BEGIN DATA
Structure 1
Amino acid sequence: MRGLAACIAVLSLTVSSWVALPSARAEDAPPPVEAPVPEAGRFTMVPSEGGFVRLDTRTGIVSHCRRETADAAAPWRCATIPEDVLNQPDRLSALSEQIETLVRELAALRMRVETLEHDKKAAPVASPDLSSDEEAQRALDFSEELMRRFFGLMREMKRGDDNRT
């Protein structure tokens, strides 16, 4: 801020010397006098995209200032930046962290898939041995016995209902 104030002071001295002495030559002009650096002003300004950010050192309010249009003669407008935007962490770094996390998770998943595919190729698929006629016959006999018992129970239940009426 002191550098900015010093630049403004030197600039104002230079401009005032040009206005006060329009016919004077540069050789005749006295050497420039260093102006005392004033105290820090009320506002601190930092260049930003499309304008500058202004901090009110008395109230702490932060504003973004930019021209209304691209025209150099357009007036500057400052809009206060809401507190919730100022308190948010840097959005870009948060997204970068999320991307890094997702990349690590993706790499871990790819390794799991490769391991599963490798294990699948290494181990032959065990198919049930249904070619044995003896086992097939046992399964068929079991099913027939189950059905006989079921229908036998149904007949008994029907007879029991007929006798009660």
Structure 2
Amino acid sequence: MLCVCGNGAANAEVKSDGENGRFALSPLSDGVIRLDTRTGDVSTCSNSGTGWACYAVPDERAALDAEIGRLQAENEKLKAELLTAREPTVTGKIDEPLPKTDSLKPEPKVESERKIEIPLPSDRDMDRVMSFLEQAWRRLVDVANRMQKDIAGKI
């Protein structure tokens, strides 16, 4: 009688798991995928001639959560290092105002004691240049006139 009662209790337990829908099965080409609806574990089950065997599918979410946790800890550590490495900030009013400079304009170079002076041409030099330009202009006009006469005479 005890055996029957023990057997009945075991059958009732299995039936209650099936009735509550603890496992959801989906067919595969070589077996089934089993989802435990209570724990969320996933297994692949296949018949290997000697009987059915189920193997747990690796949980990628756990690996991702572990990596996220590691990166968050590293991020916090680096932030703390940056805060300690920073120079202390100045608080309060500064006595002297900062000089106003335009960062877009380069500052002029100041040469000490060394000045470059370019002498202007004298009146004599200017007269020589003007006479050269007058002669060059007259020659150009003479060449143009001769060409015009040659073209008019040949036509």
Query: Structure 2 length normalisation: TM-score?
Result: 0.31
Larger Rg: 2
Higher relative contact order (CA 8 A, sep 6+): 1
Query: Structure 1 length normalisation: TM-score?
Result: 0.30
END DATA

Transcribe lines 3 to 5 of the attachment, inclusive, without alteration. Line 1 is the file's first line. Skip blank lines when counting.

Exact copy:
């Protein structure tokens, strides 16, 4: 801020010397006098995209200032930046962290898939041995016995209902 104030002071001295002495030559002009650096002003300004950010050192309010249009003669407008935007962490770094996390998770998943595919190729698929006629016959006999018992129970239940009426 002191550098900015010093630049403004030197600039104002230079401009005032040009206005006060329009016919004077540069050789005749006295050497420039260093102006005392004033105290820090009320506002601190930092260049930003499309304008500058202004901090009110008395109230702490932060504003973004930019021209209304691209025209150099357009007036500057400052809009206060809401507190919730100022308190948010840097959005870009948060997204970068999320991307890094997702990349690590993706790499871990790819390794799991490769391991599963490798294990699948290494181990032959065990198919049930249904070619044995003896086992097939046992399964068929079991099913027939189950059905006989079921229908036998149904007949008994029907007879029991007929006798009660």
Structure 2
Amino acid sequence: MLCVCGNGAANAEVKSDGENGRFALSPLSDGVIRLDTRTGDVSTCSNSGTGWACYAVPDERAALDAEIGRLQAENEKLKAELLTAREPTVTGKIDEPLPKTDSLKPEPKVESERKIEIPLPSDRDMDRVMSFLEQAWRRLVDVANRMQKDIAGKI